FIG. 1 is a perspective view of a tissue suturing instrument in accordance with the first embodiment of the present invention instrument 10. A handle assembly is constructed from a right handle portion 22 and a left handle portion 24 which are constructed of an injection molded plastic or the like and to which subsequent components are attached. An elongated body 34 extends from the handle to a distal end at which a tip 32 is located. A suction fitting 36 is disposed on the proximal end of body 34 and is preferably rotatable with respect to the body. A removable cap 42 is attached to a neck of the suction fitting 36.
Preferably the handle 24 has a window 62 described in more detail below. A cutter control knob 74 is attached to a cutter shaft tube 72 extending rearwardly from the handle.
The first preferred embodiment of this invention, suturing instrument 10, is represented in FIGS. 1-15P. Now referring to FIGS. 1-4, the illustrated suturing technique using needles and suture attached to ferrules of instrument 10 may be similar to that shown in U.S. Pat. Nos. 5,431,666, 5,766,183, 6,997,931 B2, European Patent No. EP 0669101, filed Feb. 23, 1995 and granted Oct. 14, 1998, which are incorporated by reference in the SEW-RIGHT® SR5® and Running Device® and ESD™ products manufactured by LSI SOLUTIONS, Inc. (formerly LaserSurge, Inc.) of Victor, N.Y.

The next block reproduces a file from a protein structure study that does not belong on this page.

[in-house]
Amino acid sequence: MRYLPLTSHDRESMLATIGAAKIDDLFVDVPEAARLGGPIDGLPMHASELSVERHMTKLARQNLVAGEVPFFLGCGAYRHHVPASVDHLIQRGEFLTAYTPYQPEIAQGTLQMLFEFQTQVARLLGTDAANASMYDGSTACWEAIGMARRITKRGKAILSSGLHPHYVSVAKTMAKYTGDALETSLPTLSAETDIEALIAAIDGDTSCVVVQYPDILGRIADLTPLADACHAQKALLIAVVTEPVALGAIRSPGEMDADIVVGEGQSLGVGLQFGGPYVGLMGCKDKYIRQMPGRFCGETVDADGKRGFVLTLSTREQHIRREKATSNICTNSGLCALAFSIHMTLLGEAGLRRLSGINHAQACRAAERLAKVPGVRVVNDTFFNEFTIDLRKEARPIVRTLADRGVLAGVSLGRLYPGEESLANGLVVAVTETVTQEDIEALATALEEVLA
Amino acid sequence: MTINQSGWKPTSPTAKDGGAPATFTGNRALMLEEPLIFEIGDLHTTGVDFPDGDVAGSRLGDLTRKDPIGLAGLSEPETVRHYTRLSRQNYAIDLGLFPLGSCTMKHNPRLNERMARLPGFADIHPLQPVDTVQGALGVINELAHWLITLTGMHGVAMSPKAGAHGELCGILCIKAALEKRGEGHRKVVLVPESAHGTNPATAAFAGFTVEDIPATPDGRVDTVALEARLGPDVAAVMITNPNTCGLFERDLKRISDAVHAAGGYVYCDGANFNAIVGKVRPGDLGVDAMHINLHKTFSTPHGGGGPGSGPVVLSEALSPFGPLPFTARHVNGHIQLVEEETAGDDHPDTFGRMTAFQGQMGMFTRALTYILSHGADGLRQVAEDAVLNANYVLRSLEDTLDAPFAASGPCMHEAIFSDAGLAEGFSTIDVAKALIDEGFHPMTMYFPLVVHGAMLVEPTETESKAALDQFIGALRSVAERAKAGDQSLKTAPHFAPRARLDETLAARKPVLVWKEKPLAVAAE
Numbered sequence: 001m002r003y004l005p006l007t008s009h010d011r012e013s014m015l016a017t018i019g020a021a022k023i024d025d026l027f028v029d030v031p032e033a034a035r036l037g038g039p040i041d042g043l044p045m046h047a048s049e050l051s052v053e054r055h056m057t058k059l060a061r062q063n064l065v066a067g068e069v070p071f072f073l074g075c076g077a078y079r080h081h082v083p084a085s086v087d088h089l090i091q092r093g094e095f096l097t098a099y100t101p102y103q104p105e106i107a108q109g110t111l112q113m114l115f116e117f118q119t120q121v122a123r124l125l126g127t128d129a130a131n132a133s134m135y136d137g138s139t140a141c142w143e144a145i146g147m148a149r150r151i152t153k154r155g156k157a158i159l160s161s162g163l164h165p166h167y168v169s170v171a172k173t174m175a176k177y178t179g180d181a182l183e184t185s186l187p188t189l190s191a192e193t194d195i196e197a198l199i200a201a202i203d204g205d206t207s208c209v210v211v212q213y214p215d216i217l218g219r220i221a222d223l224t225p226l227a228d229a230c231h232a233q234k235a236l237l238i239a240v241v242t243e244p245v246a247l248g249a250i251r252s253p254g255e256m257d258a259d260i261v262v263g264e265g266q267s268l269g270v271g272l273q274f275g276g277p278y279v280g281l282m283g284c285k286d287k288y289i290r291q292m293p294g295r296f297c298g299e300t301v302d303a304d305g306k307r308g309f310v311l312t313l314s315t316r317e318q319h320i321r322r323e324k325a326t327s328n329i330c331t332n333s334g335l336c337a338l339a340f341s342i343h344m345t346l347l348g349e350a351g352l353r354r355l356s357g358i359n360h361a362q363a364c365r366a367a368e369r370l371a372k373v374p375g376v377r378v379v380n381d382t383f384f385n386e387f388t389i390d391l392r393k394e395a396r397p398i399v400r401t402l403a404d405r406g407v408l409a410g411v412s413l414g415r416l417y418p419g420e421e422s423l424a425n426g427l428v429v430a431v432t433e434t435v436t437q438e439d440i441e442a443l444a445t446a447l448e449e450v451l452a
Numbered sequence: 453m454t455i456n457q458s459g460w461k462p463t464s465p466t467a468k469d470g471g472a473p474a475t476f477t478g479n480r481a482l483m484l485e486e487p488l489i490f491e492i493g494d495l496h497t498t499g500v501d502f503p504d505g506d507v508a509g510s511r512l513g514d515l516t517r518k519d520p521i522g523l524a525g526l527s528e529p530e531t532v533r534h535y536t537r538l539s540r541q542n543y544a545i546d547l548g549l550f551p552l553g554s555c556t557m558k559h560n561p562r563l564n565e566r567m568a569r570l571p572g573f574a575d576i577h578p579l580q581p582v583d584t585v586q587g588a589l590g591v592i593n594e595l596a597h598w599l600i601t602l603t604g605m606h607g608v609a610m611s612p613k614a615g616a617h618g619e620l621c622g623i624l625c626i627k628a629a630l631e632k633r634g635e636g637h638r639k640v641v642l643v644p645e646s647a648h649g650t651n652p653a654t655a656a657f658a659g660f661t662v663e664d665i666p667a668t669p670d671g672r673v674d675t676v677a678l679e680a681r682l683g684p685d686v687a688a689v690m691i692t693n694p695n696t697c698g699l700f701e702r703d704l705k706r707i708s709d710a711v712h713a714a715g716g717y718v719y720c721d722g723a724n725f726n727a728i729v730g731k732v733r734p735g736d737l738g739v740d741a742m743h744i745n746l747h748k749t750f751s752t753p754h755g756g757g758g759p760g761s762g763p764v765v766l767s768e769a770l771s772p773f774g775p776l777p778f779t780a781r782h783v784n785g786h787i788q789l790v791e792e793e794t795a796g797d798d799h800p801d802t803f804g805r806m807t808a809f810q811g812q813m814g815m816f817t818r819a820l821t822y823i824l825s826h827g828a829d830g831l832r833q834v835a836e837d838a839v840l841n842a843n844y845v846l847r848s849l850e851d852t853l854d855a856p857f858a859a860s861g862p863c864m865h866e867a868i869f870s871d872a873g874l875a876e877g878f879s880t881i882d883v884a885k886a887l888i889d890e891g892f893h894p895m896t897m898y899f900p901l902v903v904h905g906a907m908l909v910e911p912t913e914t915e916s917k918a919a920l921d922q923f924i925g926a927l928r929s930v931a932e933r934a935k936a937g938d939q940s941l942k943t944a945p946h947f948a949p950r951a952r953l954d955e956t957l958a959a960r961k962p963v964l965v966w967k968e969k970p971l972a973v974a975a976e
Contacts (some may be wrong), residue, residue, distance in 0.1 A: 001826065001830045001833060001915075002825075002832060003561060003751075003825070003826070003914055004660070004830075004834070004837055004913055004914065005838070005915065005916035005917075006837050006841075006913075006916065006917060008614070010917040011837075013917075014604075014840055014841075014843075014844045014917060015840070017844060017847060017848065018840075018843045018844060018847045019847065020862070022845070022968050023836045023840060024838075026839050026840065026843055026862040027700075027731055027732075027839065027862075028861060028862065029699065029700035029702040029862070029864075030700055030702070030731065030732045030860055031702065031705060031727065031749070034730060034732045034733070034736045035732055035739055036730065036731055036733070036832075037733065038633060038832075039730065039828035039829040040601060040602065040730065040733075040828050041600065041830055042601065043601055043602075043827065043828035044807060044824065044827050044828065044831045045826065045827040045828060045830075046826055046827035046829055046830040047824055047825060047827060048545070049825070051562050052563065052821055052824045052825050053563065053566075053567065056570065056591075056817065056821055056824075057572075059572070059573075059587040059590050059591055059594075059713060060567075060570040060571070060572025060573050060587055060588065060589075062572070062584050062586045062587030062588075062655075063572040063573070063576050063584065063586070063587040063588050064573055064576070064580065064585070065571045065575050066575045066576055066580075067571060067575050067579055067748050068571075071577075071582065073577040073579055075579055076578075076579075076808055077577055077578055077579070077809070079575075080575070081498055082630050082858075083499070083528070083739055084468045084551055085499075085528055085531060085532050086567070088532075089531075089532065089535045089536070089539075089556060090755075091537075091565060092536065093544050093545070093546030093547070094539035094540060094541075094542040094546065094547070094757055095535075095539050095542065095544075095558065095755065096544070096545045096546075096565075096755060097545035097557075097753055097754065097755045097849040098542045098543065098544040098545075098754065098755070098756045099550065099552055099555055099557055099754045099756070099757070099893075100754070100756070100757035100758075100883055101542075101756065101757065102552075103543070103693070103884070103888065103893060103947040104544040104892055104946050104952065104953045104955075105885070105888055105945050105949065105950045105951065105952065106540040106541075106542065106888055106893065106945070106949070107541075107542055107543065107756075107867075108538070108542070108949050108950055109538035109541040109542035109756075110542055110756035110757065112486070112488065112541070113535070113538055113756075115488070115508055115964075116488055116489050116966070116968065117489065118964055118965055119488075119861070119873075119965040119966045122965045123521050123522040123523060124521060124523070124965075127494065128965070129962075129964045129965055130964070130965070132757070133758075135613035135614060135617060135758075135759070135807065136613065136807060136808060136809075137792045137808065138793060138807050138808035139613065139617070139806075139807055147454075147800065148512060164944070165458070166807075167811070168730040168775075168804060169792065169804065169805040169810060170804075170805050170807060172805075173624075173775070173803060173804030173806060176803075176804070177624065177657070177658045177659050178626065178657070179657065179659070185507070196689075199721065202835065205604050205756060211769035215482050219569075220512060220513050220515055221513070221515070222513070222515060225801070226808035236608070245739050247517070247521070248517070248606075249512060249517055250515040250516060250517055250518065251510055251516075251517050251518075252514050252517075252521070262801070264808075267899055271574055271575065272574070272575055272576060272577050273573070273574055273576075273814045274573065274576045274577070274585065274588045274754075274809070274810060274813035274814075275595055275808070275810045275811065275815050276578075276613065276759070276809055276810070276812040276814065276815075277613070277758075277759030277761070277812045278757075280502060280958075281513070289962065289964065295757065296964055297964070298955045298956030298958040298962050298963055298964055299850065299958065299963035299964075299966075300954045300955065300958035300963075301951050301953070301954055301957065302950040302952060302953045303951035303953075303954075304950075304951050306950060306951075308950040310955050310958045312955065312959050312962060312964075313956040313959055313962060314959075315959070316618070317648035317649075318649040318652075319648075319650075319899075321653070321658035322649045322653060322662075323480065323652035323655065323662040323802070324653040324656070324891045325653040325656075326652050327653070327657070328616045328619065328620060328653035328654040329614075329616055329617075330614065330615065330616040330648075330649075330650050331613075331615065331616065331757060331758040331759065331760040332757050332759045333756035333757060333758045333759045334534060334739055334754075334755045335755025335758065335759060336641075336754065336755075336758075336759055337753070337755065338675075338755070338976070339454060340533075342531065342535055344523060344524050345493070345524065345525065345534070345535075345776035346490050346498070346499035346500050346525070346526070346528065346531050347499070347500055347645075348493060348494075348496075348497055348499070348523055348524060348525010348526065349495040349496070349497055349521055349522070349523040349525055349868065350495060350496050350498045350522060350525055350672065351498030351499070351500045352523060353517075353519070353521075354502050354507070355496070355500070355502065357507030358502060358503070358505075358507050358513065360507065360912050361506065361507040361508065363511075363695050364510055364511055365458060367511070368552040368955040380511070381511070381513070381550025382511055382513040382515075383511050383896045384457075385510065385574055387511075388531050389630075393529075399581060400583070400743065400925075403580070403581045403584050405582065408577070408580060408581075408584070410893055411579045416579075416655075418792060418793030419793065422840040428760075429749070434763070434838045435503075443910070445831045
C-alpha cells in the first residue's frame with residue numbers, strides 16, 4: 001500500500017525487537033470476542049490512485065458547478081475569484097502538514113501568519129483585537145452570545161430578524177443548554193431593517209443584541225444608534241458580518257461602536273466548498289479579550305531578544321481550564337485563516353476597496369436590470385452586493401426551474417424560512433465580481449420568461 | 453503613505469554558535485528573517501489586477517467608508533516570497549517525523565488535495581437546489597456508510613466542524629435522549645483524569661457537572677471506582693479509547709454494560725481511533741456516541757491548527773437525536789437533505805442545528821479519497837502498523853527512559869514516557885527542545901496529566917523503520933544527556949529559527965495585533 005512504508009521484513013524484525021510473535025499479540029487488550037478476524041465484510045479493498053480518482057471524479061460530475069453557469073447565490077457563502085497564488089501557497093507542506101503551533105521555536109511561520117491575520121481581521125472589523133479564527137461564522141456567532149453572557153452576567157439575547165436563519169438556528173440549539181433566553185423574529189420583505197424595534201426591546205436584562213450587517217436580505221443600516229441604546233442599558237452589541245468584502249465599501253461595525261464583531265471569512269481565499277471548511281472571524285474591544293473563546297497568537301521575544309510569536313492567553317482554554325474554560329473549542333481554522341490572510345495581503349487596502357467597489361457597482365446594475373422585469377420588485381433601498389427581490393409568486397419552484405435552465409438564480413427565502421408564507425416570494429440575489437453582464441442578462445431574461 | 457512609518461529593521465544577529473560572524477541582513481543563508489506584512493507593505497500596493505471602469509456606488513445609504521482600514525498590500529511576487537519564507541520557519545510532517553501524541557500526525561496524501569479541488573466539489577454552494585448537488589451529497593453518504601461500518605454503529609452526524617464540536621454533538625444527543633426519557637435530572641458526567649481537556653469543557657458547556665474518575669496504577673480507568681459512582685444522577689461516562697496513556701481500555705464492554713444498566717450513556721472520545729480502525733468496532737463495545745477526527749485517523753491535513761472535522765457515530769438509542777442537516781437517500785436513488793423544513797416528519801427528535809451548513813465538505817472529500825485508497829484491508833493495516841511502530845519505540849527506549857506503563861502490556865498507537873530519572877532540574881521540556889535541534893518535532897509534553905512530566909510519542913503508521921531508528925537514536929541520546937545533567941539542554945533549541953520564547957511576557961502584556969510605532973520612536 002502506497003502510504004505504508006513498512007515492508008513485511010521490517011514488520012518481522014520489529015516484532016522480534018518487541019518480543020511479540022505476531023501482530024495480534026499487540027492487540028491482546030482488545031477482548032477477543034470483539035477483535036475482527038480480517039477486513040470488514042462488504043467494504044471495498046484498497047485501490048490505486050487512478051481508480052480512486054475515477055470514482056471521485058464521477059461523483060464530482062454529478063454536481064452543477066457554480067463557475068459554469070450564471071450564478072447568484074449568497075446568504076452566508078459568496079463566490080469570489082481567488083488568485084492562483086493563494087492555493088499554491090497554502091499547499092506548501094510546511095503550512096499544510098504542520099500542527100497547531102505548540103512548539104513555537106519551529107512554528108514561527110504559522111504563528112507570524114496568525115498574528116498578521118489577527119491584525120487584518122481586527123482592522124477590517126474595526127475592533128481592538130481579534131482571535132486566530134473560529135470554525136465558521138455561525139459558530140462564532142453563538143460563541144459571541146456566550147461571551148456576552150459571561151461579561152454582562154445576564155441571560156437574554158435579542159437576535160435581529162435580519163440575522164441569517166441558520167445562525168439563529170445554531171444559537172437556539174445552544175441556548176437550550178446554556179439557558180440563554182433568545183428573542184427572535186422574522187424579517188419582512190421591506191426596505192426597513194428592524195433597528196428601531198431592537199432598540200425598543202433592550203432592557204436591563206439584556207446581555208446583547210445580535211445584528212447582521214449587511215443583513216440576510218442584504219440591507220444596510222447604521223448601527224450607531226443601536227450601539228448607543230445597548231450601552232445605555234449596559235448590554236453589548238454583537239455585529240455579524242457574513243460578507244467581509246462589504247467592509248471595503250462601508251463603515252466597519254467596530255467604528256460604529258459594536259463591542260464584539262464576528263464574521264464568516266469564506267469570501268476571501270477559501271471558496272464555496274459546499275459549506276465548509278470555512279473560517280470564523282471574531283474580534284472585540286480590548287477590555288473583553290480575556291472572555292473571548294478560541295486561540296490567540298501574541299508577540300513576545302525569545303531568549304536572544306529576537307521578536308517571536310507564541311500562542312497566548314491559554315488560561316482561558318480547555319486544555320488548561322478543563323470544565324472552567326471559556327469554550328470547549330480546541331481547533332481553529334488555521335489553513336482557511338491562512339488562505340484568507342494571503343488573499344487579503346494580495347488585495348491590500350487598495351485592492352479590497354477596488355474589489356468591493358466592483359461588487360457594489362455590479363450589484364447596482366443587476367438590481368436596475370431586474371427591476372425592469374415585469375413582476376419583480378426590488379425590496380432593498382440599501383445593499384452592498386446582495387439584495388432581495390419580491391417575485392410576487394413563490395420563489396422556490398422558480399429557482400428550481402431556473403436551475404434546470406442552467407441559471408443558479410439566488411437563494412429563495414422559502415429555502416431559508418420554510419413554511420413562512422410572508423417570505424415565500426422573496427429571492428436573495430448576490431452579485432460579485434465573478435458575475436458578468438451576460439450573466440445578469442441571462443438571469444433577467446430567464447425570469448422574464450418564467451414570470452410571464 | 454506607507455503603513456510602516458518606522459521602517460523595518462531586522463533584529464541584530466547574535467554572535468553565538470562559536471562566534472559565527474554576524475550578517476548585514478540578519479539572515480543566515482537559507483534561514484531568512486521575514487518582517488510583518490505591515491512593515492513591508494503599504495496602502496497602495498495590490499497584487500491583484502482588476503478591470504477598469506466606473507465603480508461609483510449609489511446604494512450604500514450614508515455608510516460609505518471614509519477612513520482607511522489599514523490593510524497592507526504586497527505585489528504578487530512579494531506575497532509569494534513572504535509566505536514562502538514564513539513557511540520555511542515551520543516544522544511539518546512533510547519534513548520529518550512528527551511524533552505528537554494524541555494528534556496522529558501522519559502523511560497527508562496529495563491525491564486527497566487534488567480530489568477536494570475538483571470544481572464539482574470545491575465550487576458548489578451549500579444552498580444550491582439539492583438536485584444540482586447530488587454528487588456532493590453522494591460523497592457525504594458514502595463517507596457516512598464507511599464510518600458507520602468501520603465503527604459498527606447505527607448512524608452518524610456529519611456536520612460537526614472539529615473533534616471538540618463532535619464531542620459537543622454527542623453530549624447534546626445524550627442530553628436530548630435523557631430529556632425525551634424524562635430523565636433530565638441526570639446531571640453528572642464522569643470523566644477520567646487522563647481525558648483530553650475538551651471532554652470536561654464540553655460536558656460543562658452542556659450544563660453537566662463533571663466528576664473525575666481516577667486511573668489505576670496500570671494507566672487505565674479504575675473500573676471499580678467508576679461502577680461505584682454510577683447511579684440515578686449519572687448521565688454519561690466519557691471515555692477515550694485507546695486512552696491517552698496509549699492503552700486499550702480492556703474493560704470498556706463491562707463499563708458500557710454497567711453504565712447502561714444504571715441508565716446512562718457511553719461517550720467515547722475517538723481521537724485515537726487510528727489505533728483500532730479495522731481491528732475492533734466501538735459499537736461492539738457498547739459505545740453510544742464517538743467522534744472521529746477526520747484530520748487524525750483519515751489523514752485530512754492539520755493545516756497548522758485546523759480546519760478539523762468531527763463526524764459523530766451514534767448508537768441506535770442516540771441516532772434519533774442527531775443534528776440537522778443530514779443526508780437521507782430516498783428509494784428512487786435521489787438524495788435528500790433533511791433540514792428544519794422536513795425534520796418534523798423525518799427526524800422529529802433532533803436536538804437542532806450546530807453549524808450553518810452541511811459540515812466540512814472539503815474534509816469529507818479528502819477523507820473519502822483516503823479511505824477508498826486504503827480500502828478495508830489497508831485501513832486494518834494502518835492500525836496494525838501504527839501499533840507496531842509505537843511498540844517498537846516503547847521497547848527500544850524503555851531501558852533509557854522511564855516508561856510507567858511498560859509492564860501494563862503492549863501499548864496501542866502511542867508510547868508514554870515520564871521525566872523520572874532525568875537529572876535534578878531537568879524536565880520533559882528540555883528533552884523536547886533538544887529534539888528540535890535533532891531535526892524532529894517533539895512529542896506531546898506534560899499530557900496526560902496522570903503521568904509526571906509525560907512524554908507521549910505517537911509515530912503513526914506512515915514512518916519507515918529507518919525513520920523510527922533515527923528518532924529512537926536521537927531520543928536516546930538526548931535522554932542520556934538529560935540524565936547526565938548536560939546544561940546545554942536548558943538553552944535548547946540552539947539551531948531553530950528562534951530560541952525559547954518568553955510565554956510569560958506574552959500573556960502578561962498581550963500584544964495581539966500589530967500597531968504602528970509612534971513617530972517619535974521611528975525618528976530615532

The innovation of the present invention is the unique combination of simultaneously firing two needles through a tissue gap in a pleat formed in the tissue by the instrument incorporating customized contours in the distal tip 32 to enable the needles to create a purse string suture configuration by parallel needles entering and exiting the tissue multiple times in a single traverse. This surgical purse string suture configuration resembles the purse string or draw string at the top of a soft sided purse and offers a similar function. It is a single suture sewn into and out of the tissue circumscribing the selected site. The final stitch exits the tissue near the entry point of the first stitch so that the surrounded site is drawn closed when tension is placed on both ends of the suture. This technology further utilizes vacuum conveyed through a housing 36 to hold the tissue and a specialized blade shuttle connected to a funnel knob 74 to reliably cut the tissue and, when desired, permit the installation of a guide wire. As used herein, pleat is intended to refer to any configuration of tissue that permits the above described stitch to be placed.